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Perkins v. Bridgeton Police Dept.

Court of Appeals of Missouri, Eastern District, Fourth Division

March 20, 2018

TRACY PERKINS, Petitioner/Respondent,
BRIDGETON POLICE DEPT. ET AL., Respondents/Appellants.

         Appeal from the Circuit Court of St. Louis County Hon. Douglas R. Beach


          Lisa Van Amburg, Judge.

         The State[1] appeals the circuit court's judgment granting Respondent Tracy Perkins's petition for expungement of her Forgery convictions. The State argues that the circuit court erred because Section 610.140 RSMo Supp. 2013 does not authorize the expungement of Forgery convictions. We reverse.

         Factual Background

         In 1991, Tracy Perkins ("Perkins") pled guilty to nine counts of Forgery in violation of Section 570.090 RSMo, where Perkins wrote checks in another person's name, without that person's authorization, and knowing that the checks were forged. Perkins successfully completed probation related to those Forgery convictions over twenty years ago, owes no restitution for her offenses, and has not been convicted of any misdemeanors or felonies in the interim. Still, the Forgery convictions remain on Perkins's criminal record.

         On December 30, 2016, Perkins filed a petition under Section 610.140 to expunge the records of her arrest, plea, and convictions relating to the 1991 forgeries. The State opposed Perkins's petition on the ground that Forgery is not an offense that is eligible for expungement under 610.140.[2], [3]

         The circuit court found that the facts underlying Perkins's convictions could support a conviction for either Forgery under Section 570.090 or Fraudulent Use of a Credit or Debit Device under Section 570.130. The circuit court noted that a conviction under Section 570.130 is eligible for expungement per Section 610.140.2(1), while a conviction under Section 570.090 is not eligible. The circuit court looked past the plain language of Section 610.140, reasoning that barring expungement "because of the name of the offense versus the underlying conduct" is illogical and absurd, and against the intent of Section 610.140. The circuit court also noted that expungement would be consistent with the public welfare based on Perkins's current and continuing status as a "contributing member of society."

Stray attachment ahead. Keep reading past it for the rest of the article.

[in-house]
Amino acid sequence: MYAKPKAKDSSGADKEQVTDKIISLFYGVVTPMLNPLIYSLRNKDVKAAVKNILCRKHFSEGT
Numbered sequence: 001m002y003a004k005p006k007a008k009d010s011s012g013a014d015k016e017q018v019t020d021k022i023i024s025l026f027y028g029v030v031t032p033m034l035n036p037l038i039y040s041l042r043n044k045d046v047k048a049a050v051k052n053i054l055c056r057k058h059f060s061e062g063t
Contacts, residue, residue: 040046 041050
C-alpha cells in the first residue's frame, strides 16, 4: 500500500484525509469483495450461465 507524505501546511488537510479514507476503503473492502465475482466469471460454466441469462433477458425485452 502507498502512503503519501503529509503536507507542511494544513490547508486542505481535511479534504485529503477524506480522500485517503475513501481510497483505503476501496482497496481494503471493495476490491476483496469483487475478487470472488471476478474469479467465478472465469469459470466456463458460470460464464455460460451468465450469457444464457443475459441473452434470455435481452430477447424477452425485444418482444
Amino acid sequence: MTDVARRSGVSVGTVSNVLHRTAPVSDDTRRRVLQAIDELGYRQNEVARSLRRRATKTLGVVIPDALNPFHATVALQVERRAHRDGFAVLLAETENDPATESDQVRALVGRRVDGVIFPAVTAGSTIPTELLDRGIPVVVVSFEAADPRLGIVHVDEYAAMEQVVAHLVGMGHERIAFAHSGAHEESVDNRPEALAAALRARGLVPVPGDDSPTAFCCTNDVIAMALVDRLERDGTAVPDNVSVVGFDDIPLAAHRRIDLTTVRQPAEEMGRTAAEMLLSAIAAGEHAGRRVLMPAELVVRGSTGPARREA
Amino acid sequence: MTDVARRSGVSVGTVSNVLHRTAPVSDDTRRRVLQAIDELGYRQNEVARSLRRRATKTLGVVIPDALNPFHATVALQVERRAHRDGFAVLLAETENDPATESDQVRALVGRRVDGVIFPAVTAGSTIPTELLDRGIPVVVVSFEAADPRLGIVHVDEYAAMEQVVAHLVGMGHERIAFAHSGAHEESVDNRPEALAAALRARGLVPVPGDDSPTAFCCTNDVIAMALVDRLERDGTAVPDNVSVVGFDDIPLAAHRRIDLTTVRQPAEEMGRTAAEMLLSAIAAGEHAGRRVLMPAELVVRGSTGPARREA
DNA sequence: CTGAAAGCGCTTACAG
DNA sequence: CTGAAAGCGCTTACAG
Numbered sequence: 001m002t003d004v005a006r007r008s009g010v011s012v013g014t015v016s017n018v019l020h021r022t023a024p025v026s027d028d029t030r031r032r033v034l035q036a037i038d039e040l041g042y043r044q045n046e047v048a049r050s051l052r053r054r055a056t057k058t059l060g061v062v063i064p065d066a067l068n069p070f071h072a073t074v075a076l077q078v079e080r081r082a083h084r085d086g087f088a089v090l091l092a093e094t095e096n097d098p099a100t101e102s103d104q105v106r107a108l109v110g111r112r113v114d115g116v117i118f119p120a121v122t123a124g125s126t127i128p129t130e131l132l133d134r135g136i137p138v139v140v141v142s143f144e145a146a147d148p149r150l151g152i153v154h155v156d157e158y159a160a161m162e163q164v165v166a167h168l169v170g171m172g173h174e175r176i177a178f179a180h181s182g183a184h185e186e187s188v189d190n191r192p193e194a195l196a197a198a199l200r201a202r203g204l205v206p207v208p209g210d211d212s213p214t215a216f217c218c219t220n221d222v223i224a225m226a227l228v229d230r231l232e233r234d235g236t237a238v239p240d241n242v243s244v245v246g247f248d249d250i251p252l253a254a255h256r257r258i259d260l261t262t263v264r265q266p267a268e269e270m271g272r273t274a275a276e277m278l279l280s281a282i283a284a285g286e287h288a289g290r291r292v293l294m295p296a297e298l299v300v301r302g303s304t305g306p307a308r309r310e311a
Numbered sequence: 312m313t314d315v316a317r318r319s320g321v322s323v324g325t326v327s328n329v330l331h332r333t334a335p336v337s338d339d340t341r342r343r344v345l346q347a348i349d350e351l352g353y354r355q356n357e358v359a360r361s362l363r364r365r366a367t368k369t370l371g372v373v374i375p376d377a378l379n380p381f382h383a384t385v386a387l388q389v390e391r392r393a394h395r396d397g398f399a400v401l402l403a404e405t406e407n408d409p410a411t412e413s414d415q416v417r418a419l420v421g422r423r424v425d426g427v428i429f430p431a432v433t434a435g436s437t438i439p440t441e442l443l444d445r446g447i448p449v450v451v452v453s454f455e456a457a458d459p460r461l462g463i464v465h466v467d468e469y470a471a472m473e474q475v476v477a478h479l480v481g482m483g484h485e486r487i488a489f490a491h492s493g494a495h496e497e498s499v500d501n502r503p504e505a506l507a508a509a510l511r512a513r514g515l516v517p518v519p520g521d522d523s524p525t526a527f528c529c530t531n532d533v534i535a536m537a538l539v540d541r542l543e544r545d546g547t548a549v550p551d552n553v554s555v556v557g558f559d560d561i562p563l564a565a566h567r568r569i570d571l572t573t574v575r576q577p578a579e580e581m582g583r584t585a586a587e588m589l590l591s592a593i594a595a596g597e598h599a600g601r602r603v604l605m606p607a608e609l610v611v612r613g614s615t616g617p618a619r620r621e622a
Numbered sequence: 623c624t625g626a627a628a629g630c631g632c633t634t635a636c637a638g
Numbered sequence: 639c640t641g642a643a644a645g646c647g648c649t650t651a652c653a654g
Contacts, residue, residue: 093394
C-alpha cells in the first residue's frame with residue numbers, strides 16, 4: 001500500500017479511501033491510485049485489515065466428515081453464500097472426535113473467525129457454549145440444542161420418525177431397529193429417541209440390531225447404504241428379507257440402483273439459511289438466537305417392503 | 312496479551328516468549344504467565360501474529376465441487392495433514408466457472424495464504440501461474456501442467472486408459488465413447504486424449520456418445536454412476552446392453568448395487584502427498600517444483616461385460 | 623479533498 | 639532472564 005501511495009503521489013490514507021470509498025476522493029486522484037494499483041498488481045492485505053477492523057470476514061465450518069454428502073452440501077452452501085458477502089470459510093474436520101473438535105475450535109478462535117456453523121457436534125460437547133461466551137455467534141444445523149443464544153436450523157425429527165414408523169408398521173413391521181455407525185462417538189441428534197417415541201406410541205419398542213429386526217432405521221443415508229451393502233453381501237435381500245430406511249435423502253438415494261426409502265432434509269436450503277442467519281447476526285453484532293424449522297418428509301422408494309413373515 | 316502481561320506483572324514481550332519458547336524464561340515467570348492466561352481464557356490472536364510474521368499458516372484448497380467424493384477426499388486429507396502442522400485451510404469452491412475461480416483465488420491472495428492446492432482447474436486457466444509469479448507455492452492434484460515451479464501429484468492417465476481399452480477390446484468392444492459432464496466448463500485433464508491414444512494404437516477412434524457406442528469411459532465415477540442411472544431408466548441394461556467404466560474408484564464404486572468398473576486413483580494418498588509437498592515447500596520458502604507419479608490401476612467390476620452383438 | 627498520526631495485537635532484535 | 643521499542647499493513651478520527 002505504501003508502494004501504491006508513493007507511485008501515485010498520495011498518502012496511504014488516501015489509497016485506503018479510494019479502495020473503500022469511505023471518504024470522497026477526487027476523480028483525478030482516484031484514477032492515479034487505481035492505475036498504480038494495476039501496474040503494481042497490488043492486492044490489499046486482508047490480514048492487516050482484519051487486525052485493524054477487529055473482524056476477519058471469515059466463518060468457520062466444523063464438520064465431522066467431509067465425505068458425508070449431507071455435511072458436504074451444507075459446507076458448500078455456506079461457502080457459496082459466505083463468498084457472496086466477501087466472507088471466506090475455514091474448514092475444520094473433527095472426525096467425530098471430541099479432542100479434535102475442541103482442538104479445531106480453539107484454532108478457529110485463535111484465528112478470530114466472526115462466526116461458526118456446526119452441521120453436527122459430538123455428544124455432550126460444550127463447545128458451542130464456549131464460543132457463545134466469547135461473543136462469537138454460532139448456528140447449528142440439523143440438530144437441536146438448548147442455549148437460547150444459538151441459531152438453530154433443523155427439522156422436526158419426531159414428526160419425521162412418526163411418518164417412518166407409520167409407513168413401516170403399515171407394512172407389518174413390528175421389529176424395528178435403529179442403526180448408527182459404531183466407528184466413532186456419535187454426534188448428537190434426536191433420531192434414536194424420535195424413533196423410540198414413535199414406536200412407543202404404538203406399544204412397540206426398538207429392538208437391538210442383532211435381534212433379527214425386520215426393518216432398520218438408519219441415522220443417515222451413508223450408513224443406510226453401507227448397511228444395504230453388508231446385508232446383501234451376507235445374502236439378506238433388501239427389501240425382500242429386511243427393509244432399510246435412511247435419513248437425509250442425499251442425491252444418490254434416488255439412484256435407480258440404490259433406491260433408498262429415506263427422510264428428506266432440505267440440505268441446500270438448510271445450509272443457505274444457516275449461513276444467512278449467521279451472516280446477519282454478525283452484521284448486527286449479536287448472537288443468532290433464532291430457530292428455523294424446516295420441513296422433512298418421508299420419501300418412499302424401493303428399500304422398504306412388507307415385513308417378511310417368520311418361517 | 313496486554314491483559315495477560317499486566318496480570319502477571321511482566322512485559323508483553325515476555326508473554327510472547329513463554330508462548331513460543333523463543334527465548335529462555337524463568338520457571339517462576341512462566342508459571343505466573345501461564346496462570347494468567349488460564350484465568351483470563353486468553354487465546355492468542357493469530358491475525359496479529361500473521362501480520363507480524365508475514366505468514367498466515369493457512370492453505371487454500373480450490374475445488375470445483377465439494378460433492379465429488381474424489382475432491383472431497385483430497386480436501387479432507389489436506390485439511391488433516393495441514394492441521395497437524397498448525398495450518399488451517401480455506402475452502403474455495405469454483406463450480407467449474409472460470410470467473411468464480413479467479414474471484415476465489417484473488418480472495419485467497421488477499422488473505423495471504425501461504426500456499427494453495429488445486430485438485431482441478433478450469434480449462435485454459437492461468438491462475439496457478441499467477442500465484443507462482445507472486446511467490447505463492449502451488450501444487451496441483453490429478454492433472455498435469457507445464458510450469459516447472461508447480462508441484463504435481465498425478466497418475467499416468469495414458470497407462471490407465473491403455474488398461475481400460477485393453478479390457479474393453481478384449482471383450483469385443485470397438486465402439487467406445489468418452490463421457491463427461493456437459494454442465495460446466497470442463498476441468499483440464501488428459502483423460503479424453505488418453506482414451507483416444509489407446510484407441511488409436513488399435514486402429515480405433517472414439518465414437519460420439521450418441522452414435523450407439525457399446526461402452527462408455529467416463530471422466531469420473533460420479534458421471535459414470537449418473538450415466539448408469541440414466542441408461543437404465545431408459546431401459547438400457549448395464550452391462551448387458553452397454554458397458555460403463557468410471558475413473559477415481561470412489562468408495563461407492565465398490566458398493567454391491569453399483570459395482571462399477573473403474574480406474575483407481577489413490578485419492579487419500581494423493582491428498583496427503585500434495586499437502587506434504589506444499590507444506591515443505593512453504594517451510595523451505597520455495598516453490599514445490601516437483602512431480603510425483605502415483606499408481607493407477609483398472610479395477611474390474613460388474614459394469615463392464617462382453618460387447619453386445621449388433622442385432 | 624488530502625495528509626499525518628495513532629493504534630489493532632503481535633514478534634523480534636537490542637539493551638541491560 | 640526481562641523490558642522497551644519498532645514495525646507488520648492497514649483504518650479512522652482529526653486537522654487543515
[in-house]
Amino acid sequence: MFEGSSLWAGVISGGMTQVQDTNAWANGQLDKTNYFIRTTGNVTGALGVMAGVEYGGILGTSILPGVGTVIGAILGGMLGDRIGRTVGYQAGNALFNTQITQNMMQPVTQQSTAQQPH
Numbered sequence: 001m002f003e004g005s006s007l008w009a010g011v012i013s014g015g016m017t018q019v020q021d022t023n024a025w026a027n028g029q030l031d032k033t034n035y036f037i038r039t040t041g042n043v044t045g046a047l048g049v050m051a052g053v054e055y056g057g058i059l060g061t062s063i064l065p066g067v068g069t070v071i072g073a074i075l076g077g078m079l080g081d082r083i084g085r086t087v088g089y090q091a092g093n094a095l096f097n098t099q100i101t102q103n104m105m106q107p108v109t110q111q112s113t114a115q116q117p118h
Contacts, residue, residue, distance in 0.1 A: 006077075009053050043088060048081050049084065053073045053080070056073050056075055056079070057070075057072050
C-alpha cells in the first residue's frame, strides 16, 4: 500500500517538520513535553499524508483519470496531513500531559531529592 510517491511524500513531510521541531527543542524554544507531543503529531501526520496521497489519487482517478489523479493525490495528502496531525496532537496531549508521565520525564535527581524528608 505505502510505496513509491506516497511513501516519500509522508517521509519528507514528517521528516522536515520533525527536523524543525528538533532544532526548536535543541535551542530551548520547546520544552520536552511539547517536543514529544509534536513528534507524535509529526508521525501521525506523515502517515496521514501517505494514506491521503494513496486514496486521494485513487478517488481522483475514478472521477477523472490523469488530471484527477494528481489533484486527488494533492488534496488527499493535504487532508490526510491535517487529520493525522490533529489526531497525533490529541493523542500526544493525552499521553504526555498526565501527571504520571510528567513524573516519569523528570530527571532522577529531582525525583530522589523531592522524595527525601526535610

Standard of Review

         In reviewing a court-tried case, we affirm the judgment unless there is no substantial evidence to support it, it is against the weight of the evidence, or it erroneously declares or applies the law. Doe v. Missouri State Highway Patrol Criminal Records Repository, 474 S.W.3d 171, 174 (Mo. App. E.D. 2015). Here, the circuit court's judgment is based on its construction of Section 610.140. Because statutory construction is purely a question a law subject to independent de novo review, we give no deference to the circuit court's determination of law. Martinez v. State, 24 S.W.3d 10, 15 (Mo. App. E.D. 2000).


         In its sole point on appeal, the State claims that the circuit court erred in looking beyond the plain meaning of Section 610.140 to find that Perkins was entitled to expungement of the records relating to her Forgery convictions.

         The conduct underlying Perkins's 1991 convictions could have supported convictions for either Forgery or Fraudulent Use of a Credit or Debit Device.[4] Perkins claims that because her underlying conduct in 1991 could have resulted in two different outcomes - one in which her criminal record is eligible for expungement and one where it is not - Section 610.140 leads to an illogical and absurd result. Therefore, she asks us to look beyond the plain meaning of Section 610.140.

         The parties and circuit court agree that Forgery records are not eligible for expungement under Section 610.140. "The primary rule of statutory interpretation is to effectuate legislative intent through reference to the plain and ordinary meaning of the statutory language." Lumetta v. Sheriff of St. Charles Cty., 413 S.W.3d 718, 720 (Mo. App. E.D. 2013). We will look beyond the plain meaning of the statute only when the language is ambiguous or would lead to an absurd or illogical result. Id.

         "The language of a statute or ordinance leads to 'absurd or illogical results' when there is a complete contradiction in the language or when two statutory provisions cannot be harmonized." City of Univ. City v. AT & T Wireless Servs., 371 S.W.3d 14, 20 (Mo. App. E.D. 2012). There is no disharmony in Section 610.140 that results from the fact that Fraudulent Use of a Credit or Debit Device is eligible for expungement while Forgery is not. The legislature decided that Forgery is an offense for which expungement shall not be available. The prosecution decided to charge Perkins with Forgery and Forgery is the conviction it obtained against Perkins in 1991. "[A] prosecutor has broad discretion to determine when, if, and how criminal laws are to be enforced, and [] this decision is seldom subject to judicial review." State v. Honeycutt, 96 S.W.3d 85, 89 (Mo. 2003). Just as we cannot ...

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